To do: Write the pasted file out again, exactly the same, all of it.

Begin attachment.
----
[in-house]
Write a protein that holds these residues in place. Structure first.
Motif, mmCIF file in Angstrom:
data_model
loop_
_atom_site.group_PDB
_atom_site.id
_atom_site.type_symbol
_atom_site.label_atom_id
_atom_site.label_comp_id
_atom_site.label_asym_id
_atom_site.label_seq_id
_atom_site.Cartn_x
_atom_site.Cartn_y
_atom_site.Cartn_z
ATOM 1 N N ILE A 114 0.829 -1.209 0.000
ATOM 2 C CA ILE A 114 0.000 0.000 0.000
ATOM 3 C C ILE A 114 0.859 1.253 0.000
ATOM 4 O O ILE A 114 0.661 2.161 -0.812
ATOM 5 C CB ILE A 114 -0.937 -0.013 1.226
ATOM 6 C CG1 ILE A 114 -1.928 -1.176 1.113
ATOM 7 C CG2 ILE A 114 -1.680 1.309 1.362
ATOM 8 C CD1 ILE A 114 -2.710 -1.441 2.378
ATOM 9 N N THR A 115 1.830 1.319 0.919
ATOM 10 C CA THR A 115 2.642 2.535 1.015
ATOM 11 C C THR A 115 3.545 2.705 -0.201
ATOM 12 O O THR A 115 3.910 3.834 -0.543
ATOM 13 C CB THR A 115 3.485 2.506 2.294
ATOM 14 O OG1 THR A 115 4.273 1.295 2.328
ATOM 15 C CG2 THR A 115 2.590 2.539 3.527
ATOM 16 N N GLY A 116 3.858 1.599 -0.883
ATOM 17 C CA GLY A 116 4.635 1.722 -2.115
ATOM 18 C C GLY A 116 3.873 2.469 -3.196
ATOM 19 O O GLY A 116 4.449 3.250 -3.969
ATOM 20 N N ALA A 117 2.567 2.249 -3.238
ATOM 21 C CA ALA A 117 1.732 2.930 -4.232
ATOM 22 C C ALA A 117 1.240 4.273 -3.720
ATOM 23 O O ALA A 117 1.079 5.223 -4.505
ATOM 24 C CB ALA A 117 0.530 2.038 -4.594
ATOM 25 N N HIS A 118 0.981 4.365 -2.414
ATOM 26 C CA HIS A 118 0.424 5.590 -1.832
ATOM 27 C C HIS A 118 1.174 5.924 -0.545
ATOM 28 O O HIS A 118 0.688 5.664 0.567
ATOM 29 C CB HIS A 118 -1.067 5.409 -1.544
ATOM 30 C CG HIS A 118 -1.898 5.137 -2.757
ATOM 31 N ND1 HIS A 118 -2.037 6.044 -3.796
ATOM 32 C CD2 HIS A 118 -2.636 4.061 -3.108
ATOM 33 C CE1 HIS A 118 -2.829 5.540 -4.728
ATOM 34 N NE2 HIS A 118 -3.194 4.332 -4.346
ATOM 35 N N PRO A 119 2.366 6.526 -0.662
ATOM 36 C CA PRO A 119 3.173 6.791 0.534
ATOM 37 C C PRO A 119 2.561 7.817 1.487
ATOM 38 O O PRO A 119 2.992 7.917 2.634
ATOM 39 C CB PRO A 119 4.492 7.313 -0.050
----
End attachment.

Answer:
[in-house]
Write a protein that holds these residues in place. Structure first.
Motif, mmCIF file in Angstrom:
data_model
loop_
_atom_site.group_PDB
_atom_site.id
_atom_site.type_symbol
_atom_site.label_atom_id
_atom_site.label_comp_id
_atom_site.label_asym_id
_atom_site.label_seq_id
_atom_site.Cartn_x
_atom_site.Cartn_y
_atom_site.Cartn_z
ATOM 1 N N ILE A 114 0.829 -1.209 0.000
ATOM 2 C CA ILE A 114 0.000 0.000 0.000
ATOM 3 C C ILE A 114 0.859 1.253 0.000
ATOM 4 O O ILE A 114 0.661 2.161 -0.812
ATOM 5 C CB ILE A 114 -0.937 -0.013 1.226
ATOM 6 C CG1 ILE A 114 -1.928 -1.176 1.113
ATOM 7 C CG2 ILE A 114 -1.680 1.309 1.362
ATOM 8 C CD1 ILE A 114 -2.710 -1.441 2.378
ATOM 9 N N THR A 115 1.830 1.319 0.919
ATOM 10 C CA THR A 115 2.642 2.535 1.015
ATOM 11 C C THR A 115 3.545 2.705 -0.201
ATOM 12 O O THR A 115 3.910 3.834 -0.543
ATOM 13 C CB THR A 115 3.485 2.506 2.294
ATOM 14 O OG1 THR A 115 4.273 1.295 2.328
ATOM 15 C CG2 THR A 115 2.590 2.539 3.527
ATOM 16 N N GLY A 116 3.858 1.599 -0.883
ATOM 17 C CA GLY A 116 4.635 1.722 -2.115
ATOM 18 C C GLY A 116 3.873 2.469 -3.196
ATOM 19 O O GLY A 116 4.449 3.250 -3.969
ATOM 20 N N ALA A 117 2.567 2.249 -3.238
ATOM 21 C CA ALA A 117 1.732 2.930 -4.232
ATOM 22 C C ALA A 117 1.240 4.273 -3.720
ATOM 23 O O ALA A 117 1.079 5.223 -4.505
ATOM 24 C CB ALA A 117 0.530 2.038 -4.594
ATOM 25 N N HIS A 118 0.981 4.365 -2.414
ATOM 26 C CA HIS A 118 0.424 5.590 -1.832
ATOM 27 C C HIS A 118 1.174 5.924 -0.545
ATOM 28 O O HIS A 118 0.688 5.664 0.567
ATOM 29 C CB HIS A 118 -1.067 5.409 -1.544
ATOM 30 C CG HIS A 118 -1.898 5.137 -2.757
ATOM 31 N ND1 HIS A 118 -2.037 6.044 -3.796
ATOM 32 C CD2 HIS A 118 -2.636 4.061 -3.108
ATOM 33 C CE1 HIS A 118 -2.829 5.540 -4.728
ATOM 34 N NE2 HIS A 118 -3.194 4.332 -4.346
ATOM 35 N N PRO A 119 2.366 6.526 -0.662
ATOM 36 C CA PRO A 119 3.173 6.791 0.534
ATOM 37 C C PRO A 119 2.561 7.817 1.487
ATOM 38 O O PRO A 119 2.992 7.917 2.634
ATOM 39 C CB PRO A 119 4.492 7.313 -0.050